Description

This study analyzes how information influences decision making in escalation of situations. In those situations decision makers follow a losing course of action and invest further resources even when accounting information indicates that the project is performing poorly and should be discontinued. We conducted two experiments with Chinese participants and used a replication of Staw’s (1976) often cited case. Our study investigates how different levels of information load influence escalation of commitment of Chinese participants. Contrary to the prior findings in Germany, we find that Chinese decision makers do not escalate when facing different levels of information load. These results, in light of prior studies that find a comparatively strong escalation tendency of Chinese decision makers, are explained along with the limitations and further research.

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Aug 10th, 12:00 AM

Information load, escalation of commitment and culture - an experimental study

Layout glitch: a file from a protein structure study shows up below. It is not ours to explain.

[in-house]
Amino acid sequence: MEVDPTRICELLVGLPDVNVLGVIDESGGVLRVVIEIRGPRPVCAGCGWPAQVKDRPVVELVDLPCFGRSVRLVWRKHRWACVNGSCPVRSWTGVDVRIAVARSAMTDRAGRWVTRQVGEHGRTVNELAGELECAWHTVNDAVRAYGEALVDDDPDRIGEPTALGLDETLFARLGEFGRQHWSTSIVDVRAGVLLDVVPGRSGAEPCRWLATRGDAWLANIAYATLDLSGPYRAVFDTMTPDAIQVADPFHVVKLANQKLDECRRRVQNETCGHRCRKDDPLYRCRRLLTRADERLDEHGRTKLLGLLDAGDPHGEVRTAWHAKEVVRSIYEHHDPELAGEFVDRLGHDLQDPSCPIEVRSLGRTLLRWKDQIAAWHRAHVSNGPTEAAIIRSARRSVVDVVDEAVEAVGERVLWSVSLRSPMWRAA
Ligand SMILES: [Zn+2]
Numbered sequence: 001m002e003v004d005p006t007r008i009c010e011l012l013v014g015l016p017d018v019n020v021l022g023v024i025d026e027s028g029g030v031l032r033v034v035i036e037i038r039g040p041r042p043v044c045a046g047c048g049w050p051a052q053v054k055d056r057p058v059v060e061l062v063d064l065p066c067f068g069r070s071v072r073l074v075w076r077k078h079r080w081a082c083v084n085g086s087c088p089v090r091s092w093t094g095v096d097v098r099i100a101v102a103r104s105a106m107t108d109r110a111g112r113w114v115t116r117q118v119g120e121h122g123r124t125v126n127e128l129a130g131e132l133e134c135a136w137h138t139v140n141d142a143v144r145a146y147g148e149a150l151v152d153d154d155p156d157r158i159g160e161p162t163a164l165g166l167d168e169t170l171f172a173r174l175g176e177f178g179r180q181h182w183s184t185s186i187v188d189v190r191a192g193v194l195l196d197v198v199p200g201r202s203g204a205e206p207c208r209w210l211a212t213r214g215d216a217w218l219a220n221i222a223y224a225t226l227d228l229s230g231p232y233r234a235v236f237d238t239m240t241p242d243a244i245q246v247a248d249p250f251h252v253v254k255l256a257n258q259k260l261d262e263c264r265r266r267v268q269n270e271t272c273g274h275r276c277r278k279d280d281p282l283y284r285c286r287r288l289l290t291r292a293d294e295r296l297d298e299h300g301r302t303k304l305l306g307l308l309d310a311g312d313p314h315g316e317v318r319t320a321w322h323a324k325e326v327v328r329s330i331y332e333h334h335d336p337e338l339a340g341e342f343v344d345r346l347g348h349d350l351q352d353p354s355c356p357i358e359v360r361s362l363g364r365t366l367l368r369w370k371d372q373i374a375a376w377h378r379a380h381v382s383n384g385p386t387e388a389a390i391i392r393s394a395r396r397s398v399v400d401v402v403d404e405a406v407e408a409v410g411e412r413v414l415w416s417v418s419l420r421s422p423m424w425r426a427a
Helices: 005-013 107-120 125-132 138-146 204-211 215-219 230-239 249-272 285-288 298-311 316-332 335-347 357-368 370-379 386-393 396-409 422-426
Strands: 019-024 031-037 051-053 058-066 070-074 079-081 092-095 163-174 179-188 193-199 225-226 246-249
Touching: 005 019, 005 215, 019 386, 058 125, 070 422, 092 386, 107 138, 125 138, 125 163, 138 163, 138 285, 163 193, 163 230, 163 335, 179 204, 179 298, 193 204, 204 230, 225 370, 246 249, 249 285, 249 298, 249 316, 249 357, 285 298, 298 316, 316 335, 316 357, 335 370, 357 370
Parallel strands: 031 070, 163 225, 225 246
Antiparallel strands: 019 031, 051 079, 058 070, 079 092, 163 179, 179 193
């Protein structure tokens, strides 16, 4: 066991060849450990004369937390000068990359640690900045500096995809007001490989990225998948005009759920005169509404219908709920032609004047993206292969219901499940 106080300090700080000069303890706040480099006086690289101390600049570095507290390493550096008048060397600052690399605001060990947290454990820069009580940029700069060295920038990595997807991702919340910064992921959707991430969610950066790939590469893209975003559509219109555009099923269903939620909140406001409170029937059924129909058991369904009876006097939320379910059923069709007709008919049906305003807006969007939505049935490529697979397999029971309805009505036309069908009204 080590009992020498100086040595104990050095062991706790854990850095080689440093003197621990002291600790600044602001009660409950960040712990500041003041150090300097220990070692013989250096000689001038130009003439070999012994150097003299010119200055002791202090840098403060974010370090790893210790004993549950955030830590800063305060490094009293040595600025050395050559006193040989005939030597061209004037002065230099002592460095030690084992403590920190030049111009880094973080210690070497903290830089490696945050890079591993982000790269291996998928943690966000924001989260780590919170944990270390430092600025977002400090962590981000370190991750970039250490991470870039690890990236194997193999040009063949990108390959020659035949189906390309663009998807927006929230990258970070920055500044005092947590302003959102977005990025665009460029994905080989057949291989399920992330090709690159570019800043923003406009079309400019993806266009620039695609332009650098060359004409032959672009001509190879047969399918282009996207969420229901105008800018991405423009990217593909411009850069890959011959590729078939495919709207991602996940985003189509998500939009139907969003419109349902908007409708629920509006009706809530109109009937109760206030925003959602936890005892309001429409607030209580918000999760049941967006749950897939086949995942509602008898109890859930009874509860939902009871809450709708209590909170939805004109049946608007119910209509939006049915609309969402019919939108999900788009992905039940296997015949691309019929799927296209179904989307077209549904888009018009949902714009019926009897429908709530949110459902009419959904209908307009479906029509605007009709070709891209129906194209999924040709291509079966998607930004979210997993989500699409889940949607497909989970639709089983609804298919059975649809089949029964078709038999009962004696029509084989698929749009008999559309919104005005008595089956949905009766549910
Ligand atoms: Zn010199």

This study analyzes how information influences decision making in escalation of situations. In those situations decision makers follow a losing course of action and invest further resources even when accounting information indicates that the project is performing poorly and should be discontinued. We conducted two experiments with Chinese participants and used a replication of Staw’s (1976) often cited case. Our study investigates how different levels of information load influence escalation of commitment of Chinese participants. Contrary to the prior findings in Germany, we find that Chinese decision makers do not escalate when facing different levels of information load. These results, in light of prior studies that find a comparatively strong escalation tendency of Chinese decision makers, are explained along with the limitations and further research.